It happens like they say it will: you blink and she’s nearly 6. Long limbs, tangled hair, tiny bruises polka dotting her shins from rope-climbing, tree-jumping. I cut her pants into shorts for the onslaught of spring, smile at the realization that every pair boasts multiple holes at the knee.
Snips and snails and puppy dog tails, our Bee.
I am often asked questions about homeschooling – how we teach her, which curriculum we use, what our future plans are for both kids’ educations. I’ve written here about the why, and have recently begun to navigate somewhat of a structured how. Ours isn’t a one-size-fits-all curriculum, but still feels organized and robust. Plenty of wiggle room for creative pursuits, for our own family interests and adventures.
(Of note: this book has been endlessly helpful in outlining a wide variety of available methods that consider both a child’s learning style and the parents’ own goals/focuses – highly recommend a flip-through if you’re considering a shift in your family’s educational path!).
For us, for now, Charlotte Mason is a clear fit. There are many aspects I love – living books (memoirs, biographies, etc) over text books, establishing character-building habits from the get-go, a general emphasis on outdoor exploration, foreign language, artistic pursuits. The formation of unique ideas rather than rote memorization of facts.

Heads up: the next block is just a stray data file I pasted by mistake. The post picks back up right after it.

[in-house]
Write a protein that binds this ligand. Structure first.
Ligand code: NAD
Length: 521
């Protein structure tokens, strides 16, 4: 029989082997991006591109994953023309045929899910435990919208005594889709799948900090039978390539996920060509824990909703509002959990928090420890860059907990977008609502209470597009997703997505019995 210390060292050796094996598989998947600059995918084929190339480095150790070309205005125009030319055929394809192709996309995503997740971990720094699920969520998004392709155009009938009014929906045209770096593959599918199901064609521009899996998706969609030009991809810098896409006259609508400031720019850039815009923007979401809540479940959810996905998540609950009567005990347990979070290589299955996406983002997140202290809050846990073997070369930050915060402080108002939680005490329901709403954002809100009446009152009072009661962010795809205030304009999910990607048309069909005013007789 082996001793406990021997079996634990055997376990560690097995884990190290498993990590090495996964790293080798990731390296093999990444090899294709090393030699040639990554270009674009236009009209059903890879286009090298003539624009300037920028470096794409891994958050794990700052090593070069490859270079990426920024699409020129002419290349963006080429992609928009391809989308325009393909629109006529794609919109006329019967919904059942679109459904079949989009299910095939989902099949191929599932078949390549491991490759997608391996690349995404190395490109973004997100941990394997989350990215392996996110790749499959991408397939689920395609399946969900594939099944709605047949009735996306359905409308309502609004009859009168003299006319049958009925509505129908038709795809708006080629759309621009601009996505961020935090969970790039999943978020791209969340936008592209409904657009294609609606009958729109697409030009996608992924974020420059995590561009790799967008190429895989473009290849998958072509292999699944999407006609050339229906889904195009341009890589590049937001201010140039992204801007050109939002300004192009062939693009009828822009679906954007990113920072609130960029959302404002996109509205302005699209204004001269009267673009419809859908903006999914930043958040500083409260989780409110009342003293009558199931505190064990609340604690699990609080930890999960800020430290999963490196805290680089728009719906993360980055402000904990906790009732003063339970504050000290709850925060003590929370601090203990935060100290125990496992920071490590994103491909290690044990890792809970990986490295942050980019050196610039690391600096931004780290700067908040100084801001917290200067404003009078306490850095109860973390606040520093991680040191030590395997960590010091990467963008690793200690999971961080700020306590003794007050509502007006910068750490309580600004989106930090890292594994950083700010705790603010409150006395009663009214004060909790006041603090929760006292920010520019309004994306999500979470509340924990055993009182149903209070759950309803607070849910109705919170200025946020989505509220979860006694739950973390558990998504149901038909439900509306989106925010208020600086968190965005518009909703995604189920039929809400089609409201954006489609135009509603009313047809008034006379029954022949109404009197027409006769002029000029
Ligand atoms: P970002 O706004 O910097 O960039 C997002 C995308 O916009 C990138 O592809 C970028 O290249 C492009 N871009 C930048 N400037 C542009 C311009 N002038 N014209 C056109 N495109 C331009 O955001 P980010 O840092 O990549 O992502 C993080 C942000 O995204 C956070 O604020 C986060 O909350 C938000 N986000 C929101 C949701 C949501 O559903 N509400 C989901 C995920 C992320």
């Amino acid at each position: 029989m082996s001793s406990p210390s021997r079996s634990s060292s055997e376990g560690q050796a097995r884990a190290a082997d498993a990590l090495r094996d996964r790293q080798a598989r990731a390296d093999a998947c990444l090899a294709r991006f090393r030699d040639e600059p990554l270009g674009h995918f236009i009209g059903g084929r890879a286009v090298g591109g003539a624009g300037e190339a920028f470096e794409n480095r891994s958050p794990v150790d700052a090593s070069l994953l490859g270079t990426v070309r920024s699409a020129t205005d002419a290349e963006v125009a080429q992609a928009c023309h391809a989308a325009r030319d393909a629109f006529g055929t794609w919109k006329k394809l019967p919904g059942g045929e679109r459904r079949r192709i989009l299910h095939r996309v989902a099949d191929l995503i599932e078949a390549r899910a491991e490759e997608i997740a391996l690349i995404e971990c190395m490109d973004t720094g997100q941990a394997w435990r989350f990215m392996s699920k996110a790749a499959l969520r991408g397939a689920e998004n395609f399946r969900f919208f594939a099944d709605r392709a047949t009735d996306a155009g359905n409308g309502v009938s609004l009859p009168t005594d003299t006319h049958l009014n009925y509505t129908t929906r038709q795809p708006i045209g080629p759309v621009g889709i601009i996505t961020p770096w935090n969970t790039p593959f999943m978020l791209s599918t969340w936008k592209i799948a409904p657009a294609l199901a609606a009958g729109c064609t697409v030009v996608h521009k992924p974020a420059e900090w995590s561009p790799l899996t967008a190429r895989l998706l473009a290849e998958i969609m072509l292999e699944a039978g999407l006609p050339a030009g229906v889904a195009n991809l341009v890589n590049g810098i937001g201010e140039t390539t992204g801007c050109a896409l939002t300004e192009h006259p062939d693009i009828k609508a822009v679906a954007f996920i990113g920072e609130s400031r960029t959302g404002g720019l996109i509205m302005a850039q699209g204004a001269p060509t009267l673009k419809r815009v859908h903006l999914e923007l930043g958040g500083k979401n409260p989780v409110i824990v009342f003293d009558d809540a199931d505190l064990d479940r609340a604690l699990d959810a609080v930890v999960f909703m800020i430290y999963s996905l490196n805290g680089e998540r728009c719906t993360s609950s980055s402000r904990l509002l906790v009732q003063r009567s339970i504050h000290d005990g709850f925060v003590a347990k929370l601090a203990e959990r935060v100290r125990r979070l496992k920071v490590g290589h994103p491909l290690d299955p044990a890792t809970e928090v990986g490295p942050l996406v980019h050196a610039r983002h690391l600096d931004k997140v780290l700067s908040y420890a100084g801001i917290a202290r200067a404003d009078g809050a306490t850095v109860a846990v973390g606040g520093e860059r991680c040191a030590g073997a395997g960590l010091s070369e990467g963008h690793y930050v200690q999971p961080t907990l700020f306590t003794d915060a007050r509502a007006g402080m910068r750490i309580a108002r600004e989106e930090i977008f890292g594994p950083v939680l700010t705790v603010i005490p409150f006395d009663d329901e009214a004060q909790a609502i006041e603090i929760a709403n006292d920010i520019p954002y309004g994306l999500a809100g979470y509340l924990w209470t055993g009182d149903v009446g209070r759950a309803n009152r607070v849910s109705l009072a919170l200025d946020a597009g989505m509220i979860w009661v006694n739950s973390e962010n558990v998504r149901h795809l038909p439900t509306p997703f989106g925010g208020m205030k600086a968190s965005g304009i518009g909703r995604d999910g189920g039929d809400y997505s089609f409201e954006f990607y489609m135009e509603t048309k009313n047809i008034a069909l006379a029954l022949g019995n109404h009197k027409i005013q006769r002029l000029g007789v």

And yet, I’ll be honest: the more I learn about the method, the less worthy I feel to teach it.
Last week, I seized a chilled hour for a short walk through the neighborhood woods. I queued up a few Charlotte Mason podcasts in hopes of gaining clarity, direction, guidance – something to solidify the methodology. Make it stick, pick up some pointers. Perhaps glean some encouragement that I could, indeed, hack it.
I loop around the park, listening intently to the concept of twaddle, the idea that childrens’ literature should avoid silliness or immaturity, that sentences and ideas should be well-constructed and wise, that kids are fully capable of complexity. I smile in full agreement, recalling a favored quote from Madeline L’Engle: “If the book will be too difficult for grown-ups, then you write it for children.”
Reject twaddle? Check.
I weave through old maple trees, listening to a few more short episodes on the importance of play, rhythm, clear expectations. Check, check, check. A lifelong love of learning. Check. Plenty of time spent outdoors. Semi-check (come hither, spring).